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December 3, 2012

Sorry for the unexpected hiatus, dear readers! My senior thesis show goes up this week, and I’m spending all waking moments on that (and eating, of course). I’ll post some shots as it gets installed throughout the week!

Thank you for your patience!

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Bright Spot: November 27

November 27, 2012

 

Today’s bright spot is cool, contemplative grey and blue. Goes well with the sudden change of seasons we just experienced in Minneapolis. This time last week, it was over 60 degrees and sunny. Today, it’s 36 and a bit cloudy. Welcome back, winter!

Visit to the Minnesota History Center

November 20, 2012

Wow, what an amazing trip! Today I had the opportunity to take a peek at some of the books in the Minnesota Historical Society’s collection. There’s quite an amazing range! I went with the bookmaking class I’m currently taking, so we focused on artist books, but the curator also showed us some really old books and maps, as well as a quick tour of what he calls the Batcave–the room where all the archives are stored. Think the warehouse from Indiana Jones, and you’ll be close.

Unfortunately, all I had with me was my phone, which takes terrible colour photos.

An oversize, antique book lays propped on a table. The pages are open to an engraving.

One of the largest books we looked at. I am a bad student and forgot who made it or the date it was created, but it was made before Minnesota was a state. The drawings were documentation of an expedition.

Unfortunately, I didn’t get any photos of the oldest books in the collection. One is from the 1490s. The pages were surprisingly supple, and it was printed in Latin and Italian in Venice. The other is one of the original books by Father Hennepin, who explored Minnesota (at least, that what I was told–not being a Minnesota native, I’m not up to snuff on my local history). It had fold-out illustrations and maps that were highly detailed, including one that included a buffalo and a possum hanging from a tree.

A portrait-oriented view of a long hallway, lined with rows of boxes on shelves.

Part of the main hall of the “Batcave.” Each of those offshoot rows is lined almost to the ceiling with boxes, each containing archived books, maps, newspapers, and ephemera. The room wasn’t actually magenta, I promise you.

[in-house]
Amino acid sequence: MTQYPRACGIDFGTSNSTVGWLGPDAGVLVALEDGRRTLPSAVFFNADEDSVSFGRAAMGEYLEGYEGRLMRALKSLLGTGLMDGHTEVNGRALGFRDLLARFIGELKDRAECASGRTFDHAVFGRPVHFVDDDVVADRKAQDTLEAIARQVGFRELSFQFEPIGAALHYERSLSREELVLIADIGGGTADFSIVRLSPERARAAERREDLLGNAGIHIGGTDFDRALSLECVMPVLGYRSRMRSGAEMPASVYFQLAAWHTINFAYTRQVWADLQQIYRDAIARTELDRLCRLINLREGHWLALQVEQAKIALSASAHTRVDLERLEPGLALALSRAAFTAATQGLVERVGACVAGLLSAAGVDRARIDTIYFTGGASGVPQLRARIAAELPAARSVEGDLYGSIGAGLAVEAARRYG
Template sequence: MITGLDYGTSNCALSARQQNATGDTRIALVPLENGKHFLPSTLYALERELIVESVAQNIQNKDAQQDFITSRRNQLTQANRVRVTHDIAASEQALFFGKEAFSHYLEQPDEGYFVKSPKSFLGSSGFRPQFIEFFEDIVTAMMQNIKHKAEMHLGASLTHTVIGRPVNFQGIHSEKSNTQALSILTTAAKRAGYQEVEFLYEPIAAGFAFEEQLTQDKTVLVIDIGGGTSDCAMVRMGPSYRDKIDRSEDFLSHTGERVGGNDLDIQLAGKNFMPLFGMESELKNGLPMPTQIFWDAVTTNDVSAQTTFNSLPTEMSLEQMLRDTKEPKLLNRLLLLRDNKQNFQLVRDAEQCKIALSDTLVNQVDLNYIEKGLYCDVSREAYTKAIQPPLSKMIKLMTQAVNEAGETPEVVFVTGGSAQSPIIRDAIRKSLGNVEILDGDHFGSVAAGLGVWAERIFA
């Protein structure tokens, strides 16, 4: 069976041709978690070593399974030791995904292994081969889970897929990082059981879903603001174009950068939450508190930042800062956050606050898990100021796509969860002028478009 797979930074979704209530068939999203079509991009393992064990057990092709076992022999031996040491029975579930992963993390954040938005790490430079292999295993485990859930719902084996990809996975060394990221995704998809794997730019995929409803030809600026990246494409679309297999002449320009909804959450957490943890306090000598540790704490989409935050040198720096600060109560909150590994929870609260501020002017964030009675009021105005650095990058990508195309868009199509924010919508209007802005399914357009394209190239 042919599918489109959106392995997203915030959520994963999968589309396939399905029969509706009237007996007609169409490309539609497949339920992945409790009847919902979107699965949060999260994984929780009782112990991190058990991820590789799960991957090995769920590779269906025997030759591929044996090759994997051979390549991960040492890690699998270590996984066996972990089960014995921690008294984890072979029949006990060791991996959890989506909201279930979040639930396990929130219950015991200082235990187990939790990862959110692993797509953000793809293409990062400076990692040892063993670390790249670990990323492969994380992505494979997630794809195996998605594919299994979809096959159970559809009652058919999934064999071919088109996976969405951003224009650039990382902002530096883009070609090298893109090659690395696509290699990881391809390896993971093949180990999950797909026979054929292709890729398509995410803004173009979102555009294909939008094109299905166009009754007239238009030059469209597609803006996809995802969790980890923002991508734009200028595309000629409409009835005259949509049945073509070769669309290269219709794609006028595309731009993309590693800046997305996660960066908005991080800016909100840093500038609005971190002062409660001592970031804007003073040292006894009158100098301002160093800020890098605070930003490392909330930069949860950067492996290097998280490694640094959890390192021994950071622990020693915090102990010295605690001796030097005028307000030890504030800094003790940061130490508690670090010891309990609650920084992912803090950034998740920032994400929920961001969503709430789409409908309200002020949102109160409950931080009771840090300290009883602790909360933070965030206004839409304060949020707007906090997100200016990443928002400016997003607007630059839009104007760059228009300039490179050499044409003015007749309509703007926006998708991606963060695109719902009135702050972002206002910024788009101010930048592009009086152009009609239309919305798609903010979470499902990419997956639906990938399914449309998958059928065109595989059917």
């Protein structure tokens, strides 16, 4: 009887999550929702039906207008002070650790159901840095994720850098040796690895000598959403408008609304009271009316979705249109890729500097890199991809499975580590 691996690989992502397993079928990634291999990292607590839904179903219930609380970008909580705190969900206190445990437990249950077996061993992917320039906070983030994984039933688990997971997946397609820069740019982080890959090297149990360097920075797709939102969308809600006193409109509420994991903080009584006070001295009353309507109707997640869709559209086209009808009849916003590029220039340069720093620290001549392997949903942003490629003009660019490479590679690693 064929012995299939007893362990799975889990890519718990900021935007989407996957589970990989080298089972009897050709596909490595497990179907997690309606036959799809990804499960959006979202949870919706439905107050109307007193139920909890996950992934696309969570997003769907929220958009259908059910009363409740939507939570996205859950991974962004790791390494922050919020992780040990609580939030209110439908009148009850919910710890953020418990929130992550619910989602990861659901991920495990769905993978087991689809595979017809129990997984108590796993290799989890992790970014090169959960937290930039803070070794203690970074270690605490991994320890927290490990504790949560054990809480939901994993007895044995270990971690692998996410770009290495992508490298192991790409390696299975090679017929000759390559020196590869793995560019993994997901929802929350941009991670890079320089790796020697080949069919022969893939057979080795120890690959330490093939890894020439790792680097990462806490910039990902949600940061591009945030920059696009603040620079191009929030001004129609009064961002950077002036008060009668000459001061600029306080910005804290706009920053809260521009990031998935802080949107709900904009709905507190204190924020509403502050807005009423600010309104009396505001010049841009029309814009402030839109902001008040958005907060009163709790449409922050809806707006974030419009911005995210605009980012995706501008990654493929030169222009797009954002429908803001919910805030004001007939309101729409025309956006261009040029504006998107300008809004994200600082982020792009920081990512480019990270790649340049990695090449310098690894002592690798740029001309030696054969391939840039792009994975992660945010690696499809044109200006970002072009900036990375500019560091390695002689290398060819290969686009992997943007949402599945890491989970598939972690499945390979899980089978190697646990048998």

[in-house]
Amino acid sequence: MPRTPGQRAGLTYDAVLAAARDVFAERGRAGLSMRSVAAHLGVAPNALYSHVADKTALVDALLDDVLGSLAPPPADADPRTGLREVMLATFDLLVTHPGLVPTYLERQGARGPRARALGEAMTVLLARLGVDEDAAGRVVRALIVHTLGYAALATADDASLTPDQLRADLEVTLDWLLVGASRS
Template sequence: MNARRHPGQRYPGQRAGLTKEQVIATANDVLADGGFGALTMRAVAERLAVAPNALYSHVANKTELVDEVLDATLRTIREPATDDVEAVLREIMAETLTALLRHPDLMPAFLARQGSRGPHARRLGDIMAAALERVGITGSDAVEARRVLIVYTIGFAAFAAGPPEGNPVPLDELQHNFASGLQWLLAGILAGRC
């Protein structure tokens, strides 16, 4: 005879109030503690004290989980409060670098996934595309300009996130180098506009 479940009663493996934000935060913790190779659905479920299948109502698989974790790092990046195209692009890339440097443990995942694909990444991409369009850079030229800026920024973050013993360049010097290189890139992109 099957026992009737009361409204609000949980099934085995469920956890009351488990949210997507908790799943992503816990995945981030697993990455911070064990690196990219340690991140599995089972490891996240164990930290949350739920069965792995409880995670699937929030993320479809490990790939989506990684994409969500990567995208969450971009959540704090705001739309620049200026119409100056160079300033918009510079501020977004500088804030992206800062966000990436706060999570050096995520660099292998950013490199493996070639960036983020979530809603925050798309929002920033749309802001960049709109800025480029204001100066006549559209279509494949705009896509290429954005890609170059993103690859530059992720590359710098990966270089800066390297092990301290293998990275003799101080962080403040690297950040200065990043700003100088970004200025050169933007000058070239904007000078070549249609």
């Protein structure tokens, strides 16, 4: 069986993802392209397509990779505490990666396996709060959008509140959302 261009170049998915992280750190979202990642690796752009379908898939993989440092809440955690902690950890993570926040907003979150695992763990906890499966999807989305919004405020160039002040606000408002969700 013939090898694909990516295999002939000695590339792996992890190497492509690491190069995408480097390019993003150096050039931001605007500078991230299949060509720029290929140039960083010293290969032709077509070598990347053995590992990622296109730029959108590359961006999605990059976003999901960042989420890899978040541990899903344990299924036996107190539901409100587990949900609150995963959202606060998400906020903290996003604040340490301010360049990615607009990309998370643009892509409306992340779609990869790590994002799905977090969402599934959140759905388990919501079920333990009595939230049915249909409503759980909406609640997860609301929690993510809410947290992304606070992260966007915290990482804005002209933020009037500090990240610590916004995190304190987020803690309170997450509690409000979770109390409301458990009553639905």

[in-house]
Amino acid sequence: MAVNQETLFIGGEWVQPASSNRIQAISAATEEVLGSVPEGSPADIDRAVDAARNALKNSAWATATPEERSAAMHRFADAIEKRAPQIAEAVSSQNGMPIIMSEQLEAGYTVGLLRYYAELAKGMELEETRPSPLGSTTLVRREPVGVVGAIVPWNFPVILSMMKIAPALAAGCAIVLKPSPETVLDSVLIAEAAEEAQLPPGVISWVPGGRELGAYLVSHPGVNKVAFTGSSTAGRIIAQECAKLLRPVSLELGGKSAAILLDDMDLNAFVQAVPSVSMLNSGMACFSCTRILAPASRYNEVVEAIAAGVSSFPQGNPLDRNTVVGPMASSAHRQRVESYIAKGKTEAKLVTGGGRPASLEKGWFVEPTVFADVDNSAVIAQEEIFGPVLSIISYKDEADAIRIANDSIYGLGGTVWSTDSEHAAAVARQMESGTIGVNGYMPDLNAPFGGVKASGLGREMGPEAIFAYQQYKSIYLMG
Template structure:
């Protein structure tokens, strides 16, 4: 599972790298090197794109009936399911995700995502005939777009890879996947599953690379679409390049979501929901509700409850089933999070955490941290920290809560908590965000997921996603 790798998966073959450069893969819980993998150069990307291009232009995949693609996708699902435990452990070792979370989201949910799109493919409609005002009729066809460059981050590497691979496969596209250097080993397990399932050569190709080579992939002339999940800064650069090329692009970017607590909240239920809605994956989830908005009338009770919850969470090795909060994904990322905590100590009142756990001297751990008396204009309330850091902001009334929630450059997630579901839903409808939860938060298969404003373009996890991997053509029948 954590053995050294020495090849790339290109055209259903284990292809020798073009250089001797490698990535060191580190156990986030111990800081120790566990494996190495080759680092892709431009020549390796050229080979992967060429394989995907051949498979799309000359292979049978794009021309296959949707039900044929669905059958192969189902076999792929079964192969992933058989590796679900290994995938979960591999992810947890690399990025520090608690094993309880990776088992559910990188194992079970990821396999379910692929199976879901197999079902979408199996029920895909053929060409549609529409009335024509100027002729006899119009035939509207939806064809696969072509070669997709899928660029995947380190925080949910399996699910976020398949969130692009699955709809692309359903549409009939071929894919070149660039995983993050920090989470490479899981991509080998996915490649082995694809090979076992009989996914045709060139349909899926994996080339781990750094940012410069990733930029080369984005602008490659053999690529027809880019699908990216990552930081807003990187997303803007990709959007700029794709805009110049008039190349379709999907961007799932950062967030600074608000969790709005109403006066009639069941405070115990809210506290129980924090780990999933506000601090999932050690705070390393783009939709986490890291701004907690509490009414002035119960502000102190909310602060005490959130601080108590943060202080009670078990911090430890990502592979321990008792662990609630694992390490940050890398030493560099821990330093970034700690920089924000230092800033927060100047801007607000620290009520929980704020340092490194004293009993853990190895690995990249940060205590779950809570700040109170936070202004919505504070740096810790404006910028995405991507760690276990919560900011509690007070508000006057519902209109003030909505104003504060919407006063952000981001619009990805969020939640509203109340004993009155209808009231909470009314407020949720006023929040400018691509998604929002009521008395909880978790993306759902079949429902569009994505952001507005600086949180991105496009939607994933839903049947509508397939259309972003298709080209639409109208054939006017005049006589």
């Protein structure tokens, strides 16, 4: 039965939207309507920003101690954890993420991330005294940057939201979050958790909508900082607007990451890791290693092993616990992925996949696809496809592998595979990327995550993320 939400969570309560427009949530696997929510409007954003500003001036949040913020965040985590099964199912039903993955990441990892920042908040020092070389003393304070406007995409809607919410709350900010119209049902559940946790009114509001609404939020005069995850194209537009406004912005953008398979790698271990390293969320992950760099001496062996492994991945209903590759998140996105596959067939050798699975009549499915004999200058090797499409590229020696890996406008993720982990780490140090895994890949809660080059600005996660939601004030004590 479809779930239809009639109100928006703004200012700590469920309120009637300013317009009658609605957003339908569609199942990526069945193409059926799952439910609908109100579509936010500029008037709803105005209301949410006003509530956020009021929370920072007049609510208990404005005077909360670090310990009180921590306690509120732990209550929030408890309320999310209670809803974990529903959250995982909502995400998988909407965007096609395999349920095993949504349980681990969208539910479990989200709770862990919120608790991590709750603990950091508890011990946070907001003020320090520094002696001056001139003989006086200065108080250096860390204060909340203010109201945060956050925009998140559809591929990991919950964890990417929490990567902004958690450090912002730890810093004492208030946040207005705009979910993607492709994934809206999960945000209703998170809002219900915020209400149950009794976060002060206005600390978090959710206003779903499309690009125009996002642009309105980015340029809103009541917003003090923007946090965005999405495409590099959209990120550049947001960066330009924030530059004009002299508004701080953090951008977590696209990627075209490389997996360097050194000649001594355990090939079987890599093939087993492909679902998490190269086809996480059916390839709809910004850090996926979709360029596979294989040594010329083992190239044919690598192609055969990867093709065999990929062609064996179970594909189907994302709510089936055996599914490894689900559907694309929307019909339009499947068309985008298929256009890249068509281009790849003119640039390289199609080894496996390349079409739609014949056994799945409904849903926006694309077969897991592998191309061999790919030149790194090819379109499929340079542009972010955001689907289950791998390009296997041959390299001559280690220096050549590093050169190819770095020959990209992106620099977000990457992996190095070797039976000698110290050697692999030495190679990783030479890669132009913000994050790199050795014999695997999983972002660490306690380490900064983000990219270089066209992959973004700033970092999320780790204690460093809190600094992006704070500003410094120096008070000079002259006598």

Another view of the long hallway. A fire extinguisher hangs on the wall.

 

A black and white photo of stacks of boxes on metal shelving.

This might give you a better sense of scale.

An older man in a button-down shirt and tie stands in front of a shelf of boxes. His arms are crossed.

The curator, who was one of the most personable men I’ve ever met.

A tall, slender corridor between a shelf of boxes and a wall.

To give you an idea how off my camera is/was, this forklift was lime green.

Freight elevator with horizontal doors.

This elevator was the coolest.

View of freight elevator interior.

20,000 lb capacity, if I remember correctly.

A moderately inaccurate map of Lake Superior.

To paraphrase the curator, all maps lie. This map, from 1755, was made during a French expedition. The artist, knowing his employers would never go out to the region, added a few…embellishments, let’s call them. It actually took me a moment to realize the obvious flaws, as I was too caught up in the weird shape of Superior’s nose.

Such a treat!

 

 

 

Sunday is Mouse Day

November 18, 2012

A white and black mouse pokes her head out of a cardboard tube.

Penny and Parsnip hope you had a nice, relaxing day today! As you can see from Parsnip’s glazed expression, she had a full day of sleeping and being cute.

Comfort Food: Pot Pie

November 15, 2012

Growing up, pot pie was a staple for my family, especially in the busy winter months. My mum would buy the premade, frozen pot pies, usually with turkey in them. You’ve probably seen them in the freezer section of the grocery store–red box, Banquet brand, I believe. Anyway, they were a quick, delicious meal that made everyone sit down for a few minutes. (They were also one of the foods that made me realize that the taste and sound of metal sets my teeth on edge, but that’s a story for another time.)

A woman with pink hair sleeps peacefully in a giant bed of pot pie. Steam rises around her.

Digital painting. 12″ x 16″. November 2012.

For the first illustration in my comfort food series, I wanted to depict my own comfort food. I love the soft potatoes and pearl onions, the carrots and peas, all floating in gravy under a flaky crust. The top of the crust is my favourite, because it’s chewier and a bit soggy compared to the crisp flakes elsewhere, and I always save that portion for last so I can savor it.

And yes, the right side of my hair is buzzed short, while the left is dyed pink. It’s odd, really, because I’ve been blonde my entire life, so I never realized that my roots are actually much darker than the rest of my hair. Ah, Scandinavian blood!

Bright Spot: November 13

November 14, 2012

Still technically Tuesday on some parts of the globe, so I’m sliding in to my posting deadline!

This week’s Bright Spot is a tried and true standby. It can be a little boring, but with the right accent colours, it pops and evokes thoughts of the outdoors, whether that be summer, winter, or any seasonal shift in between.

A basic, calming colour combination for a hectic week!

Feodor

November 11, 2012
An elderly, bearded man sleeps against a tree. The rolling forest in the background is changing hues for autumn.

Digital collage with cut paper elements. 11” x 23”. September 2012.

An illustration for the prompt “island.” After doing some research on Beaver Island, Michigan, I learned of Feodor Protar, a Russian disciple of Leo Tolstoy who chose to live in solitude on the island. Though he was a hermit, he often helped the islanders where he could. An island within an island.